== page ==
Commonly reproduced images of paintings (on postcards, posters, refrigerator magnets, tote bags, calendars, screensavers, etc.) never prepare one for the singular power and sheer presence of the actual canvas viewed up close. Now, we've all seen countless reproductions of French Impressionist works in particular, but for the real thing head to the Saint Louis Art Museum in Forest Park (314-721-0072 or www.slam.org) for its major new exhibit, Impressionist France: Visions of A Nation from Le Gray to Monet. The show focuses on the fertile relationship between landscape and national identity during an especially tumultuous period in France's history, one which saw the nation fundamentally transformed. One-hundred-and-twenty paintings and photographs are on loan from 37 arts institutions in the U.S. and Europe; furthermore, the exhibit was timed to coincide with the ongoing local celebrations of St. Louis' founding 250 years ago by French settlers. Impressionist France is on display Tuesday through Monday (March 16 through July 14). Advance tickets for this show are strongly recommended, and prices are $10 to $14. The exhibit is free on Fridays, though tickets are still required.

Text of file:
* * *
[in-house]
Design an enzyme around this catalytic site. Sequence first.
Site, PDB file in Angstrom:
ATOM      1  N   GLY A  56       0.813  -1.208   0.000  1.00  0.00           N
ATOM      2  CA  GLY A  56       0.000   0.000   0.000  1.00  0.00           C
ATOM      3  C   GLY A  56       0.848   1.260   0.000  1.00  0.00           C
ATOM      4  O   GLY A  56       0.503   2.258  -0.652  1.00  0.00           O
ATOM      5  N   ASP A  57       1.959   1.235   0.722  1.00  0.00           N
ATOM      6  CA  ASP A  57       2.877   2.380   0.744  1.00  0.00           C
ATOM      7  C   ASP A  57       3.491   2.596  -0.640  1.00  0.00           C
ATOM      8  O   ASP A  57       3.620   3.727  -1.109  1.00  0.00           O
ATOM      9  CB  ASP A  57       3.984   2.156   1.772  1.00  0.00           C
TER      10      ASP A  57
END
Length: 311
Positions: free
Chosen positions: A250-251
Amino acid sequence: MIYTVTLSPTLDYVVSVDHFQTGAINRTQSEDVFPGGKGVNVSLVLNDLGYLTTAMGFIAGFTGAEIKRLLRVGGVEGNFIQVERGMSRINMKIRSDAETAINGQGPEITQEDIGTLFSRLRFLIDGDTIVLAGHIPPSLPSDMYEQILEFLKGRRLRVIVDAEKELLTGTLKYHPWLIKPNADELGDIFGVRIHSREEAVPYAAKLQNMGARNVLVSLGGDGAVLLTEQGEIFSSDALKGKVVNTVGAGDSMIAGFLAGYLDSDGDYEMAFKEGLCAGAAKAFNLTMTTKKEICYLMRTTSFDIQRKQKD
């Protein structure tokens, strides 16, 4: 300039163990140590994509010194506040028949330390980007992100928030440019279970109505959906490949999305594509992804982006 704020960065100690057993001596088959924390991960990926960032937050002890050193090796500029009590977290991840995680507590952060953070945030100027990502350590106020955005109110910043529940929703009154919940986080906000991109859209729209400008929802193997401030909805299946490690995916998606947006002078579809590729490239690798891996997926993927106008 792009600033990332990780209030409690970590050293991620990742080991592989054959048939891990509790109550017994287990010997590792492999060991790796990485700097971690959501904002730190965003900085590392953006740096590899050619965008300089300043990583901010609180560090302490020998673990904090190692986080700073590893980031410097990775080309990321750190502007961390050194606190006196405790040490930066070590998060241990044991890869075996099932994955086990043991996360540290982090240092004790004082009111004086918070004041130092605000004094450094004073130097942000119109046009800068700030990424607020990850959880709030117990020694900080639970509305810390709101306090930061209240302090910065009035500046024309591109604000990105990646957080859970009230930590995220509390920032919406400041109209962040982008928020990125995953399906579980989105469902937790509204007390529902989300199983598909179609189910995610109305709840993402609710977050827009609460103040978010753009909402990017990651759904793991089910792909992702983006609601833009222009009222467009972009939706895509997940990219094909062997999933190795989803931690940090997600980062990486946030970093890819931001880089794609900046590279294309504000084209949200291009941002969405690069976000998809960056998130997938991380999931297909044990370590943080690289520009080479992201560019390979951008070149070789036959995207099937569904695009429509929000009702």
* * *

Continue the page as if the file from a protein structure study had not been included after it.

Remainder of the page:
Tuesdays-Thursdays, Saturdays, Sundays, 10 a.m.-5 p.m.; Fridays, 10 a.m.-9 p.m.; Mon., July 14, 10 a.m.-5 p.m. Starts: March 16. Continues through July 13, 2014